Former first lady Nancy Reagan died Sunday of congestive heart failure at the age of 94, the Ronald Reagan Presidential Library and Foundation announced.
Nancy Reagan married Ronald Reagan in 1952, before he left his screen acting career for politics, and served as first lady from 1981 until 1989, during his two terms in the White House.
She was perhaps best known for her “Just Say No” campaign against drug abuse, but she played an active role in many of her husband’s political efforts as well. She also spoke openly about surgery she had to fight breast cancer to encourage other women to get screened for the disease.
After Ronald Reagan left office and later announced that he had been diagnosed with Alzheimer's disease, Nancy Reagan became an advocate for increasing research into the degenerative brain disorder. In that effort she opposed limits on embryonic stem cell research backed by then-President George W. Bush.
Other public figures almost immediately began to express their sadness at her death.
“Nancy Reagan was totally devoted to President Reagan, and we take comfort that they will be reunited once more,” said former first lady Barbara Bush, the wife of Reagan’s vice president, George H. W. Bush. "George and I send our prayers and condolences to her family.”
Former President George W. Bush said in a statement that Nancy Reagan’s devotion to her husband was matched only by her devotion to the country.
“Her influence on the White House was complete and lasting,” he said.
President Obama and first lady Michelle ObamaMichelle ObamaTrump attacks Dem rivals but quiet on Michelle Obama FULL SPEECH: Bernie Sanders pleads for unity behind Clinton Sanders seeks unity after a divisive day MORE wrote in a statement that they were fortunate to benefit from Nancy Reagan’s “proud example, and her warm and generous advice.”
“Our former First Lady redefined the role in her time here. Later, in her long goodbye with President Reagan, she became a voice on behalf of millions of families going through the depleting, aching reality of Alzheimer’s, and took on a new role, as advocate, on behalf of treatments that hold the potential and the promise to improve and save lives,” they added.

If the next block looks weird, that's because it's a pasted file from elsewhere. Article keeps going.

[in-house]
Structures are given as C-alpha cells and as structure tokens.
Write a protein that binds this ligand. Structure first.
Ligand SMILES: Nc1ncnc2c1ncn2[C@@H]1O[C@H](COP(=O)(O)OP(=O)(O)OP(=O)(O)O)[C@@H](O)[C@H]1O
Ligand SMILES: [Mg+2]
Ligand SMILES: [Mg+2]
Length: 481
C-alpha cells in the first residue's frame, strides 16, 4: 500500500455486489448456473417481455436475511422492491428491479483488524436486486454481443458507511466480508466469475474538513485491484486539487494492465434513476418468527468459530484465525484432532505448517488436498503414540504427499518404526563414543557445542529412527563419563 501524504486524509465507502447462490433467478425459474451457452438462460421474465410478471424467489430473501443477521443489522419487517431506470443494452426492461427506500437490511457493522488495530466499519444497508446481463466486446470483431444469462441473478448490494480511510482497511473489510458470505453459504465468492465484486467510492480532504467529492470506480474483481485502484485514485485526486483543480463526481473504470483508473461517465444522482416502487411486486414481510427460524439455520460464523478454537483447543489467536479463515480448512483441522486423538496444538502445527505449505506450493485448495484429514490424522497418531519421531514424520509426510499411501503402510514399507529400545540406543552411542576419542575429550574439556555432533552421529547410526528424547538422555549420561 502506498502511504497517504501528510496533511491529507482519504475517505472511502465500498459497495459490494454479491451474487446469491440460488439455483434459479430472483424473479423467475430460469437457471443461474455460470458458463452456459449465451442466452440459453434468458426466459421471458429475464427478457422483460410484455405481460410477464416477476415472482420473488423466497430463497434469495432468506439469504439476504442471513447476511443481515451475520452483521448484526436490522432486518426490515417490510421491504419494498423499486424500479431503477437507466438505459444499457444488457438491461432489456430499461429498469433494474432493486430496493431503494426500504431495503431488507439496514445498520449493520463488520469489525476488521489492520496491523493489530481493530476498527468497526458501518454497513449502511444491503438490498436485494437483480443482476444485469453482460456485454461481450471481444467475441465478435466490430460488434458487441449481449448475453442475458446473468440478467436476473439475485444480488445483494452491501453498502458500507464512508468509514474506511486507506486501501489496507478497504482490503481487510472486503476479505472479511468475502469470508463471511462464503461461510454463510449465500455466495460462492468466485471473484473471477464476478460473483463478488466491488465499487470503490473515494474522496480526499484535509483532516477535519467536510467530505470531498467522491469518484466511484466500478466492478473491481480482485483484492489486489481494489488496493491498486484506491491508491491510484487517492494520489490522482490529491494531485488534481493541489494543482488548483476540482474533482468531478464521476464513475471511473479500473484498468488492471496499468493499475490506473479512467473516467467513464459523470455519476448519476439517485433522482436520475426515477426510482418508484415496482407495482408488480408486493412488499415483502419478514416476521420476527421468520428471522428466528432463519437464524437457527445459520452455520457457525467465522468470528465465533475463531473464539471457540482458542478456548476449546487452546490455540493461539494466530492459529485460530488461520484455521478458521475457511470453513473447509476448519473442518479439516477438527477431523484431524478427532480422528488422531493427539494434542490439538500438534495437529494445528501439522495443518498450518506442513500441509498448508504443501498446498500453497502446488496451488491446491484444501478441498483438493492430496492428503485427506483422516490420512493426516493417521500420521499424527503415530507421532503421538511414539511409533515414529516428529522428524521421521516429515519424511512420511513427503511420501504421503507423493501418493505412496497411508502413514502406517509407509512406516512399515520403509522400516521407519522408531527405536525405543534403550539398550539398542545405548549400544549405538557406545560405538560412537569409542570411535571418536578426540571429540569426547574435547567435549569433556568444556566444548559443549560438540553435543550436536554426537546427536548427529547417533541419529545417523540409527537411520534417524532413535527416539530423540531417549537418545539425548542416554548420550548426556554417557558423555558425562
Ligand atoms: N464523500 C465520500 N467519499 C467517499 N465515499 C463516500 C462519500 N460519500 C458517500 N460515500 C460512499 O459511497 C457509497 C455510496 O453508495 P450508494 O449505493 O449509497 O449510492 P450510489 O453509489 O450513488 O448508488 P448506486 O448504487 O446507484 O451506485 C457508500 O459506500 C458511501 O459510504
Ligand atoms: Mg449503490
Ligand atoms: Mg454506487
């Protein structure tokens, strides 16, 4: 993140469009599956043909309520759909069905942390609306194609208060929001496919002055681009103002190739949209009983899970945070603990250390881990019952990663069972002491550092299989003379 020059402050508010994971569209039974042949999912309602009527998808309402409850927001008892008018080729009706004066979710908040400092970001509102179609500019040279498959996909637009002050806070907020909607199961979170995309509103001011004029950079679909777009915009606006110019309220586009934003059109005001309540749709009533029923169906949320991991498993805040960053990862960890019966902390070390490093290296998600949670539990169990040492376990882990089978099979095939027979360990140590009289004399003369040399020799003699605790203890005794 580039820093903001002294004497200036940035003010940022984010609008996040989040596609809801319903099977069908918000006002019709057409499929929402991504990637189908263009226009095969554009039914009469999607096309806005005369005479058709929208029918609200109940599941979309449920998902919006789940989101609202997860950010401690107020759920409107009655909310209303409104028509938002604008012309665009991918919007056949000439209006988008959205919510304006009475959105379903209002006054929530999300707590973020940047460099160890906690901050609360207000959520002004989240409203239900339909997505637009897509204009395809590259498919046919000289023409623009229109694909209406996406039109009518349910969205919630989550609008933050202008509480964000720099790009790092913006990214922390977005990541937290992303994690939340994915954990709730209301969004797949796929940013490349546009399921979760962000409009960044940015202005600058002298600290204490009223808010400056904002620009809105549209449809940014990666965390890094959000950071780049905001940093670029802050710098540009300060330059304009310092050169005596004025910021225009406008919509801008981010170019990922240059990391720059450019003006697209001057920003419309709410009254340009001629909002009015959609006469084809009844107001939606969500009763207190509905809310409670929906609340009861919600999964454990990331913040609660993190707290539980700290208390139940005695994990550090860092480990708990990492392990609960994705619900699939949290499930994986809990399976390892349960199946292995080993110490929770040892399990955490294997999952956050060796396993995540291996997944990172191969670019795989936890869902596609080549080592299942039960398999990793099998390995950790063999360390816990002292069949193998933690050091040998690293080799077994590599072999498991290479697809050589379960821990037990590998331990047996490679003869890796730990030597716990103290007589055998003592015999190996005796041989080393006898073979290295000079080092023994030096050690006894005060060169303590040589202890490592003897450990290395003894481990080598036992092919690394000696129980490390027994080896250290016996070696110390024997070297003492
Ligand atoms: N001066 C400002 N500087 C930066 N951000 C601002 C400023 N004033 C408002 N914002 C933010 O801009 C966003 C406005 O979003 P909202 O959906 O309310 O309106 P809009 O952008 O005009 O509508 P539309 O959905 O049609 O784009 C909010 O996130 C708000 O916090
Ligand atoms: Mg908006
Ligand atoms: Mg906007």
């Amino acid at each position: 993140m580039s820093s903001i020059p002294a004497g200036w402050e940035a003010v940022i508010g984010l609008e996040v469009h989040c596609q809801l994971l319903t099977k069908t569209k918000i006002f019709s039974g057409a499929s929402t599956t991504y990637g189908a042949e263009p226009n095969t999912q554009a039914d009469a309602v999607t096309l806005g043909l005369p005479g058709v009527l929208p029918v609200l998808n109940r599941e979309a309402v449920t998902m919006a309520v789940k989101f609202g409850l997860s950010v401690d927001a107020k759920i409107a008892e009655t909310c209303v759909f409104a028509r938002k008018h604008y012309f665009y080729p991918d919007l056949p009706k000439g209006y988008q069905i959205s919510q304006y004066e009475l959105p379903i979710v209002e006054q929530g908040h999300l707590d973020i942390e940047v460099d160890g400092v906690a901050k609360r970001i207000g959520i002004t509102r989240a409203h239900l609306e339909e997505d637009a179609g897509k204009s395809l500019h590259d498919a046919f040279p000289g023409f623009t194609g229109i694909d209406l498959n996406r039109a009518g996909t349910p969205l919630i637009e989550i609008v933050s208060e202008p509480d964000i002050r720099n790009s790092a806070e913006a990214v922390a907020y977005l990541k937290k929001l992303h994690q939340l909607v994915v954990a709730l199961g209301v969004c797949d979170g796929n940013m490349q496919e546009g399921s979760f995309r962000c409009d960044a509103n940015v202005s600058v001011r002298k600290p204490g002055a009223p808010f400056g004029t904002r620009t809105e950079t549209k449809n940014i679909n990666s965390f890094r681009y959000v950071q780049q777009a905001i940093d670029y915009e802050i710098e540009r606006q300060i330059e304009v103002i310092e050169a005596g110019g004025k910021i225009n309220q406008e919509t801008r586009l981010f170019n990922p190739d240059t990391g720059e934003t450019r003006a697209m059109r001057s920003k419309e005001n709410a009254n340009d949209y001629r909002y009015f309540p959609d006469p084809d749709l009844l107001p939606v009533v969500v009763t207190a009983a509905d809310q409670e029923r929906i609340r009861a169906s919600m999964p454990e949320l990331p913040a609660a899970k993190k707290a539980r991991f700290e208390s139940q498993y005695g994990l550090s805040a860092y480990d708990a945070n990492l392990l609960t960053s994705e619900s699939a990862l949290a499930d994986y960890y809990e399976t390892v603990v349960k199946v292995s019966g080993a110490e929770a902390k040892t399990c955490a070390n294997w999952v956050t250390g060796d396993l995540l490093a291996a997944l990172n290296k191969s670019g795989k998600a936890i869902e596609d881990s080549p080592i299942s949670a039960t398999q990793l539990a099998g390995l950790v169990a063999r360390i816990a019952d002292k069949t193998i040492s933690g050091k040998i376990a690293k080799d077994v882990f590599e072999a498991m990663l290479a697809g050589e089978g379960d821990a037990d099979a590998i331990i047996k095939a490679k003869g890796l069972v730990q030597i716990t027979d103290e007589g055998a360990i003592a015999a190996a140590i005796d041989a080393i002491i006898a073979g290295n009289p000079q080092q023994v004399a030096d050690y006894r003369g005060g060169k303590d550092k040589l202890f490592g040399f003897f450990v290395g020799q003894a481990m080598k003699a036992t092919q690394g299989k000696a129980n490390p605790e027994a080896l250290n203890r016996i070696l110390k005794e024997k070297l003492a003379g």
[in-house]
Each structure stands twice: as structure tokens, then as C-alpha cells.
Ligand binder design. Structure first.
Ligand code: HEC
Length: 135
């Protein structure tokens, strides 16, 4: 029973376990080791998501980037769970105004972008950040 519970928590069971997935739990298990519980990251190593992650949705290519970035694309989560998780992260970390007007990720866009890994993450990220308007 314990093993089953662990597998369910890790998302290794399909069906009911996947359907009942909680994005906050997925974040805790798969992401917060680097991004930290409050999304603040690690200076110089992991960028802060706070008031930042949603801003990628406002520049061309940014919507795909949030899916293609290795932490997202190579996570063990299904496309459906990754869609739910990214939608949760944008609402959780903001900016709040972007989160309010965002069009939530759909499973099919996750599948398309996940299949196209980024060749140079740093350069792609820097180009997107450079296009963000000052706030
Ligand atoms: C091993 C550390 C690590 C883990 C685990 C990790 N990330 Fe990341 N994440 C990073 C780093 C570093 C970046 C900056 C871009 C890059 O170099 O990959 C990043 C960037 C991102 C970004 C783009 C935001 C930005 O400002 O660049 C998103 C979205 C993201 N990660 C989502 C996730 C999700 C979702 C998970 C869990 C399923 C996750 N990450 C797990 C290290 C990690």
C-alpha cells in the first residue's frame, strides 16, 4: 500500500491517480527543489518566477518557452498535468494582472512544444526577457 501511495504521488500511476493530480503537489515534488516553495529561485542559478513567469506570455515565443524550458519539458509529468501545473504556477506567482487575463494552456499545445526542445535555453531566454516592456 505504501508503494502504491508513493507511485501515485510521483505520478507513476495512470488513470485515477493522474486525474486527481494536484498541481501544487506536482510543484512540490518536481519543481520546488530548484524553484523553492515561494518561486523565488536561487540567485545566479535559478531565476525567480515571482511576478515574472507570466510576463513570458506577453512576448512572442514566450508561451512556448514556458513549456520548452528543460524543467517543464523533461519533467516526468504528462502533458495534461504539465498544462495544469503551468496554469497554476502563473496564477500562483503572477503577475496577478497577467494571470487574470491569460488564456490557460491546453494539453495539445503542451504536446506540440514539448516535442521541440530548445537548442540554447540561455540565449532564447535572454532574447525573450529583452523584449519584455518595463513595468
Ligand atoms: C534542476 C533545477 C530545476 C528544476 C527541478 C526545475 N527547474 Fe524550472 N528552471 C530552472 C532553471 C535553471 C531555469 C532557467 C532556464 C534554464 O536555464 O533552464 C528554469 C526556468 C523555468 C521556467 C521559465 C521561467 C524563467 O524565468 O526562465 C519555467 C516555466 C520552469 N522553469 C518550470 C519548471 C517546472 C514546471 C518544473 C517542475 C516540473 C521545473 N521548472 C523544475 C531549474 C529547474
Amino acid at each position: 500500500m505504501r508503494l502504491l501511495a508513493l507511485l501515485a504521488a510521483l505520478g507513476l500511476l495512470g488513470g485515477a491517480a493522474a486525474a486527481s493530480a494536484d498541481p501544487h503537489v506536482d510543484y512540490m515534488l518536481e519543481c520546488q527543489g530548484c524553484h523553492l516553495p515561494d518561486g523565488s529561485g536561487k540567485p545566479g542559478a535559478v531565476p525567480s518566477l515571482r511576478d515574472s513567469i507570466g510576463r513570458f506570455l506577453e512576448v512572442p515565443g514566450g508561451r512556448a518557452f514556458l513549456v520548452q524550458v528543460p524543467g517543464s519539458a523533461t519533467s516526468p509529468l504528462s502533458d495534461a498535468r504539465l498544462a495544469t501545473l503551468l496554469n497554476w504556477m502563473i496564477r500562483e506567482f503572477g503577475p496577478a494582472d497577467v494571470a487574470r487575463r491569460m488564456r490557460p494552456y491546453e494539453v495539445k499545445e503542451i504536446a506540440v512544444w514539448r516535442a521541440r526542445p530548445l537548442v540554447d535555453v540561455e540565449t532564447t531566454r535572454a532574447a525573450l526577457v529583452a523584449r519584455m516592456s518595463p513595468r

In a statement, House Speaker Paul RyanPaul RyanTrump, Clinton intelligence briefings likely to start next week Clinton maps out first 100 days Why a bill about catfish will show whether Ryan's serious about regulatory reform MORE (R-Wis.) said, "Ronald Reagan could not have accomplished everything that he did without his wife Nancy."
News of Nancy Reagan's death also drew reactions from both Republican National Committee Chairman Reince Priebus, who said "she embodied what it means to represent America as First Lady," and his Democratic counterpart, Rep. Debbie Wasserman Schultz (Fla.).
“As we celebrate her life and legacy as a partner, confidante and adviser to President Reagan, and as a leader and philanthropist in her own right, we should also honor her passing by reflecting on the progress we can make when our elected officials work together across the aisle, as the Reagan administration did on issues ranging from immigration to nuclear arms control, making our people more prosperous and our nation more secure," Wasserman Schultz said in a statement.
Updated at 1:50 p.m.